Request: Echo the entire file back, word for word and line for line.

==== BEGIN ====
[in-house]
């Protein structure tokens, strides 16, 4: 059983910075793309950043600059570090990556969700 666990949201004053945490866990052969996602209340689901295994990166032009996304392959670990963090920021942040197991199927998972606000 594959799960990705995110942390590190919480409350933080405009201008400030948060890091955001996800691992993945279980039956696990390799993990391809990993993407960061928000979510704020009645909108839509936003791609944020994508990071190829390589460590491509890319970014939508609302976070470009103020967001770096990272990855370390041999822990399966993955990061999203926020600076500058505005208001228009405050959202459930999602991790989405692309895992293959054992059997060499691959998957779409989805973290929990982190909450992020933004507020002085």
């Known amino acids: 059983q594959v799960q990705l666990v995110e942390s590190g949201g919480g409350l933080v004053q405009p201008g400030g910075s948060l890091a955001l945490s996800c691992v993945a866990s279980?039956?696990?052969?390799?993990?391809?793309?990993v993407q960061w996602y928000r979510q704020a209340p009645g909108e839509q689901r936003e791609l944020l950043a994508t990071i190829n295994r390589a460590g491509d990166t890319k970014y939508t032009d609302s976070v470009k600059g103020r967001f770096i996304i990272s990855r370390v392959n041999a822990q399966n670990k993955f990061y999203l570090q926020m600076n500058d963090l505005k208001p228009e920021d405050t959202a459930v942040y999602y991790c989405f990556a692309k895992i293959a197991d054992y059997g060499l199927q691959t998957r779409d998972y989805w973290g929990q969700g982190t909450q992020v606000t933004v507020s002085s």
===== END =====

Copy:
[in-house]
């Protein structure tokens, strides 16, 4: 059983910075793309950043600059570090990556969700 666990949201004053945490866990052969996602209340689901295994990166032009996304392959670990963090920021942040197991199927998972606000 594959799960990705995110942390590190919480409350933080405009201008400030948060890091955001996800691992993945279980039956696990390799993990391809990993993407960061928000979510704020009645909108839509936003791609944020994508990071190829390589460590491509890319970014939508609302976070470009103020967001770096990272990855370390041999822990399966993955990061999203926020600076500058505005208001228009405050959202459930999602991790989405692309895992293959054992059997060499691959998957779409989805973290929990982190909450992020933004507020002085």
């Known amino acids: 059983q594959v799960q990705l666990v995110e942390s590190g949201g919480g409350l933080v004053q405009p201008g400030g910075s948060l890091a955001l945490s996800c691992v993945a866990s279980?039956?696990?052969?390799?993990?391809?793309?990993v993407q960061w996602y928000r979510q704020a209340p009645g909108e839509q689901r936003e791609l944020l950043a994508t990071i190829n295994r390589a460590g491509d990166t890319k970014y939508t032009d609302s976070v470009k600059g103020r967001f770096i996304i990272s990855r370390v392959n041999a822990q399966n670990k993955f990061y999203l570090q926020m600076n500058d963090l505005k208001p228009e920021d405050t959202a459930v942040y999602y991790c989405f990556a692309k895992i293959a197991d054992y059997g060499l199927q691959t998957r779409d998972y989805w973290g929990q969700g982190t909450q992020v606000t933004v507020s002085s």